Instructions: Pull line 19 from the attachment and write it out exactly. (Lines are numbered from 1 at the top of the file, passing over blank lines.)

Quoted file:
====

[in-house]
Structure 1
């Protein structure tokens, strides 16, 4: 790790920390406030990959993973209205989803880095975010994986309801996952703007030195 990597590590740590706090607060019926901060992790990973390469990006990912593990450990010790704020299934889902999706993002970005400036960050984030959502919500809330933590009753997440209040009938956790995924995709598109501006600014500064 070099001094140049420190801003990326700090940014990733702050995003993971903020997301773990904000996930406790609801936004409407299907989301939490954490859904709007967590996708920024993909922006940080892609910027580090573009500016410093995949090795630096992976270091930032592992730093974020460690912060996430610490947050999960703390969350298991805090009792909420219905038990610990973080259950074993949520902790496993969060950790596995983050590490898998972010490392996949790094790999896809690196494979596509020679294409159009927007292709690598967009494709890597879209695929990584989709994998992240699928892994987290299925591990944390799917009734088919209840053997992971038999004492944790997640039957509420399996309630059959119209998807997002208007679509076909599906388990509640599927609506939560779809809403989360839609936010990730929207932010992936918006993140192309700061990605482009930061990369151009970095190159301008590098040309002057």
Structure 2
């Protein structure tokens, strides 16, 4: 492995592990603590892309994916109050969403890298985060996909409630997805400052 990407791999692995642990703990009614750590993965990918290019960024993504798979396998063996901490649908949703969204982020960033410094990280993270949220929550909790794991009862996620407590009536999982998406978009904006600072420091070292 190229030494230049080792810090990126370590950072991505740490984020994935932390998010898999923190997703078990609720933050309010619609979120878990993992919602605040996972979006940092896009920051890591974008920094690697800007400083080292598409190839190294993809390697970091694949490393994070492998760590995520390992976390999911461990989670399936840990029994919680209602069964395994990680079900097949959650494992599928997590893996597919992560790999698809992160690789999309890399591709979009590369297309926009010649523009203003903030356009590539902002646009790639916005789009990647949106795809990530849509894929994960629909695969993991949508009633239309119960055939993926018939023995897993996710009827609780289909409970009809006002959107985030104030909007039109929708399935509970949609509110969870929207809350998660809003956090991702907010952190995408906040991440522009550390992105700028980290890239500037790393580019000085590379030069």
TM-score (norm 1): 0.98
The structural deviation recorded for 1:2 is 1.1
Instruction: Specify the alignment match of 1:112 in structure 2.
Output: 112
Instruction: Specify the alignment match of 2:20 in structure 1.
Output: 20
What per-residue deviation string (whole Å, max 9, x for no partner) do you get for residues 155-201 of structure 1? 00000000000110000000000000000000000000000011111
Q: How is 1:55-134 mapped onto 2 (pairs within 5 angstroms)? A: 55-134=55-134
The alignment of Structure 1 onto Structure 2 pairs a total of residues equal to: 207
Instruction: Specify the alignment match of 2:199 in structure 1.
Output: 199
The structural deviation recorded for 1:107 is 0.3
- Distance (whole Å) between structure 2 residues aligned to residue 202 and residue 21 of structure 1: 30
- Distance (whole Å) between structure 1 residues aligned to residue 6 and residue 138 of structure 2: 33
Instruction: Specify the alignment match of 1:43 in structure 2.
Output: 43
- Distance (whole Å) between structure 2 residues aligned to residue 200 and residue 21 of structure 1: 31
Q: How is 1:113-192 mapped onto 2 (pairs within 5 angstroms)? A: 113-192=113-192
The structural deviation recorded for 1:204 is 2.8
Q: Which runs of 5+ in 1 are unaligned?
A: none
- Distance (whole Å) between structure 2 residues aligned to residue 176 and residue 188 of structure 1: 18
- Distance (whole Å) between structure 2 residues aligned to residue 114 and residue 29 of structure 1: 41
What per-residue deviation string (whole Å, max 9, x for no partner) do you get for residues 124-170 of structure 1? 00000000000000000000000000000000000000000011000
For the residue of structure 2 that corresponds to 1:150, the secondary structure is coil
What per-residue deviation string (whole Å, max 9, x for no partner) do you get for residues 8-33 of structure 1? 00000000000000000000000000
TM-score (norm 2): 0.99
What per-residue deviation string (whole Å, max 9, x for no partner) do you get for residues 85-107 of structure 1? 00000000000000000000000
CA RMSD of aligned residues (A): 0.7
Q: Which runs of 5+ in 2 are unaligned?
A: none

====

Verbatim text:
- Distance (whole Å) between structure 1 residues aligned to residue 6 and residue 138 of structure 2: 33